You can only consume roles, MyRole is not a Moose role at /home/matthewt/perl5/lib/perl5/x86_64-linux-gnu-thread-multi/Moose/Util.pm line 138
        Moose::Util::_apply_all_roles('Moose::Meta::Class=HASH(0xb67c18)', undef, 'MyRole') called at /home/matthewt/perl5/lib/perl5/x86_64-linux-gnu-thread-multi/Moose/Util.pm line 99
        Moose::Util::apply_all_roles('Moose::Meta::Class=HASH(0xb67c18)', 'MyRole') called at /home/matthewt/perl5/lib/perl5/x86_64-linux-gnu-thread-multi/Moose.pm line 67
        Moose::with('Moose::Meta::Class=HASH(0xb67c18)', 'MyRole') called at /home/matthewt/perl5/lib/perl5/x86_64-linux-gnu-thread-multi/Moose/Exporter.pm line 370
        Moose::with('MyRole') called at lib/MyClass.pm line 5
        require MyClass.pm called at -e line 0
        main::BEGIN() called at lib/MyClass.pm line 0
        eval {...} called at lib/MyClass.pm line 0
Compilation failed in require.
BEGIN failed--compilation aborted.

Oops.

For added bonus fun, loading order in a large codebase can vary between machines - in Catalyst or DBIx::Class applications their plugin loading code can load things in different orders depending on your filesystem and/or the hash key ordering of the perl5 VM on the machine.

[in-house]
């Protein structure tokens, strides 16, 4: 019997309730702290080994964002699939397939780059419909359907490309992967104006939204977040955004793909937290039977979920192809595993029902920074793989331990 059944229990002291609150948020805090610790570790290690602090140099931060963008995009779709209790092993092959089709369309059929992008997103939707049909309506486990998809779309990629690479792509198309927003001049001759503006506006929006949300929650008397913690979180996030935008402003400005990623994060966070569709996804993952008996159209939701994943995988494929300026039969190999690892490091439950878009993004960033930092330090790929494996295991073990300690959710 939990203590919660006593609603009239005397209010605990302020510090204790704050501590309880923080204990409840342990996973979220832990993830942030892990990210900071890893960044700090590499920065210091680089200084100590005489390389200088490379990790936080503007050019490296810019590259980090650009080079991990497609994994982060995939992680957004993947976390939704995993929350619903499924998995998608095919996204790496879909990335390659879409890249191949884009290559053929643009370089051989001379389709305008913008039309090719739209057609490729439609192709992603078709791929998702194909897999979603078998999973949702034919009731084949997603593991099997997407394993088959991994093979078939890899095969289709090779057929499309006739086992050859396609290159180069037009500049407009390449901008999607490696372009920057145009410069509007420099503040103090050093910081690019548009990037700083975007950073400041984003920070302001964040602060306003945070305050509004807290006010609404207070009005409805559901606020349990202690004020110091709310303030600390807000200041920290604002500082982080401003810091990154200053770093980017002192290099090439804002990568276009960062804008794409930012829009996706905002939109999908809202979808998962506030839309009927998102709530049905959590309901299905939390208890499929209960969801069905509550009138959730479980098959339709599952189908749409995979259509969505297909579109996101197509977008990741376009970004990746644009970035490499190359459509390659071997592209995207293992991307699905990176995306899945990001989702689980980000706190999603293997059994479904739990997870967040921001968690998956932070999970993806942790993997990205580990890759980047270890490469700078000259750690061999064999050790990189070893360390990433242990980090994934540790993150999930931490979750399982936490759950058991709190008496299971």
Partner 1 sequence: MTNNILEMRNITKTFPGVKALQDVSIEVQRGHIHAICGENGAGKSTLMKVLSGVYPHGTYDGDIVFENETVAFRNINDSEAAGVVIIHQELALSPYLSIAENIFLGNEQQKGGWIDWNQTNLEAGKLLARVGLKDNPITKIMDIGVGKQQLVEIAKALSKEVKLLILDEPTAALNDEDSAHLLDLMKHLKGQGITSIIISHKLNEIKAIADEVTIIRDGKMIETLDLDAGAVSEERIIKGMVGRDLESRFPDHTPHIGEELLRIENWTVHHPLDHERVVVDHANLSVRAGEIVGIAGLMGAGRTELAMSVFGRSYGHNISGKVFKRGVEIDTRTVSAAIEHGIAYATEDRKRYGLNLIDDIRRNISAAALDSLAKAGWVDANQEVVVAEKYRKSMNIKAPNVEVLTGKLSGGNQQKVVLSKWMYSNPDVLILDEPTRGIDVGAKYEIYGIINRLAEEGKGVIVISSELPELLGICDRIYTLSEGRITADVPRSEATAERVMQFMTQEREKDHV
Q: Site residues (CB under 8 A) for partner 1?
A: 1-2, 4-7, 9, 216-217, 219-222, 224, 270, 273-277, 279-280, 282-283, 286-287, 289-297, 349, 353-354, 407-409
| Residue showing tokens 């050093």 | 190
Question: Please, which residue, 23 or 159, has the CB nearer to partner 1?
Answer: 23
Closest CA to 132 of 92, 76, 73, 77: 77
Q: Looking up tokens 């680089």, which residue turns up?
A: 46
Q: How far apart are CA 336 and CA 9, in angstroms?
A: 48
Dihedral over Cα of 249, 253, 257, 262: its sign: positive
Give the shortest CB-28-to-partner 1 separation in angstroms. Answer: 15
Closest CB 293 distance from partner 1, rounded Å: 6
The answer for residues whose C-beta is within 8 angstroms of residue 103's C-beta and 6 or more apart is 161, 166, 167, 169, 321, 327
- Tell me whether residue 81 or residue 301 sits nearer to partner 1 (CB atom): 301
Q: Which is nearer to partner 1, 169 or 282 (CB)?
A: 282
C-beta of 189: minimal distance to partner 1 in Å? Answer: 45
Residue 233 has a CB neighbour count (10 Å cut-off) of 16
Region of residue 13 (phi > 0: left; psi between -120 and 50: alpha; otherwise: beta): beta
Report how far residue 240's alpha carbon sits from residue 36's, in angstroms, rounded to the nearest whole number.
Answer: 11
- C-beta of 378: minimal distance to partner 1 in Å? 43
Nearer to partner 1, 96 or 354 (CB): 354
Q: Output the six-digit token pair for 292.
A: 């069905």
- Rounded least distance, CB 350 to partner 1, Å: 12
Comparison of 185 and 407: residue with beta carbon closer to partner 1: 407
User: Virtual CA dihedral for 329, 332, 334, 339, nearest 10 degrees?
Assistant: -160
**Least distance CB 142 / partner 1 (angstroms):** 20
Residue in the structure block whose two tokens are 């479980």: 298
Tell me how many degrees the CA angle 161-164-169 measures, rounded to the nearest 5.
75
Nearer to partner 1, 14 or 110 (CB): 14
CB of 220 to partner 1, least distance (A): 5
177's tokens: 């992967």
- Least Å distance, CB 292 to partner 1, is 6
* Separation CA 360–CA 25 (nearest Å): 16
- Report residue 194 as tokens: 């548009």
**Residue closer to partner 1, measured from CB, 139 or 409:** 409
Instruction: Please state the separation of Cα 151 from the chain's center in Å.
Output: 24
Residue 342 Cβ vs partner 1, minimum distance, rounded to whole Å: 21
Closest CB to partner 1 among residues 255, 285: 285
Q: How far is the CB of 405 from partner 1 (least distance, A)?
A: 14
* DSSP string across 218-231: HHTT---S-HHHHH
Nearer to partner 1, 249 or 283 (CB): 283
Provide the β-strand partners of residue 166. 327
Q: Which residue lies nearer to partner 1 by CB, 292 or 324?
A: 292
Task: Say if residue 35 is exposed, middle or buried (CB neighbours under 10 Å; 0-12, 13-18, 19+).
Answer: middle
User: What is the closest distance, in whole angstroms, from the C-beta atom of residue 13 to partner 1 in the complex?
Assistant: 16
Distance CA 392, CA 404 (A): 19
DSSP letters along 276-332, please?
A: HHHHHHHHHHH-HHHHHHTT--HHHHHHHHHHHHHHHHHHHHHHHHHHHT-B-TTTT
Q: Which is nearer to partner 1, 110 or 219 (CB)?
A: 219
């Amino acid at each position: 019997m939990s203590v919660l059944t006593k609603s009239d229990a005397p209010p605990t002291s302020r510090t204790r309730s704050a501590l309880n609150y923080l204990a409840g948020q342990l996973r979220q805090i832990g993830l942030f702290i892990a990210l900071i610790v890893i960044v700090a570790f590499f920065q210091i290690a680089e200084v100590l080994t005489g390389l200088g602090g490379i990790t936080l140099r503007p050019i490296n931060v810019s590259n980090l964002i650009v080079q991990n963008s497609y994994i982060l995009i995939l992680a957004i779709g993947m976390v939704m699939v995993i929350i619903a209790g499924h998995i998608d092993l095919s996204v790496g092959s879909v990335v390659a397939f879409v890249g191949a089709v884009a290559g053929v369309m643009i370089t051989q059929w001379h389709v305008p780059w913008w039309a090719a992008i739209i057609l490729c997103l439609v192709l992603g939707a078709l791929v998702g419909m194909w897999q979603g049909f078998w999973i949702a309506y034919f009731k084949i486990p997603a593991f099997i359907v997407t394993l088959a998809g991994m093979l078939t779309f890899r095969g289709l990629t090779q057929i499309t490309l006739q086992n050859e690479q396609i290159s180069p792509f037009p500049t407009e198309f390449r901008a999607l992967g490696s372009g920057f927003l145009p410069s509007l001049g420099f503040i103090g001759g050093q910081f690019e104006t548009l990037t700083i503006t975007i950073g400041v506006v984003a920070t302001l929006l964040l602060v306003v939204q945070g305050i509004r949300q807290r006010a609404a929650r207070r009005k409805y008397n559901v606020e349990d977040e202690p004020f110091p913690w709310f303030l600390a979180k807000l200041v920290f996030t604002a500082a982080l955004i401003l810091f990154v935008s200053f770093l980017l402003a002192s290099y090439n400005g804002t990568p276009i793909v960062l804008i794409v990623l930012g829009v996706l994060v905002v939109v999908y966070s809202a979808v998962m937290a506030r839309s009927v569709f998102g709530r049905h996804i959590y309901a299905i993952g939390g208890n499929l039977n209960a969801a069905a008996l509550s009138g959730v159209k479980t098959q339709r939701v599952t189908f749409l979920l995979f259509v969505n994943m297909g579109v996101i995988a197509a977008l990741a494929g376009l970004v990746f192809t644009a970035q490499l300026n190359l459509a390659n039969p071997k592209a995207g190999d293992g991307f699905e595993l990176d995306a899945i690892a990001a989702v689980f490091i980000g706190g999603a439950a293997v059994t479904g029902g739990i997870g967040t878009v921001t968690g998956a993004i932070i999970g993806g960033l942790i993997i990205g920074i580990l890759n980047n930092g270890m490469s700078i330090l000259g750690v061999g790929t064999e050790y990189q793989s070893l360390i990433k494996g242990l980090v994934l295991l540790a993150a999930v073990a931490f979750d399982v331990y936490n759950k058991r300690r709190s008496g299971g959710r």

So this sort of problem can show up in production but not in testing.

I don't fancy trying to debug that in the middle of a deployment. Do you?

In conclusion

Moo does have some limitations compared to Mouse - as yet, no native traits, a slightly less compatible surface syntax, and less optional XS (although we do use Class::XSAccessor if it's installed and more such optional speedups are planned).

However, if you want your code to be usable standalone with fast startup times, and to co-operate with downstream users who're likely to be using Moose, Moo is a far superior solution to Any::Moose.

Moo was designed from the ground up to answer the question "What do I use if I want something lighter weight than Moose?". I think it shows.

Here's hoping it's as good an answer for you as it is for me.

-- mst, out.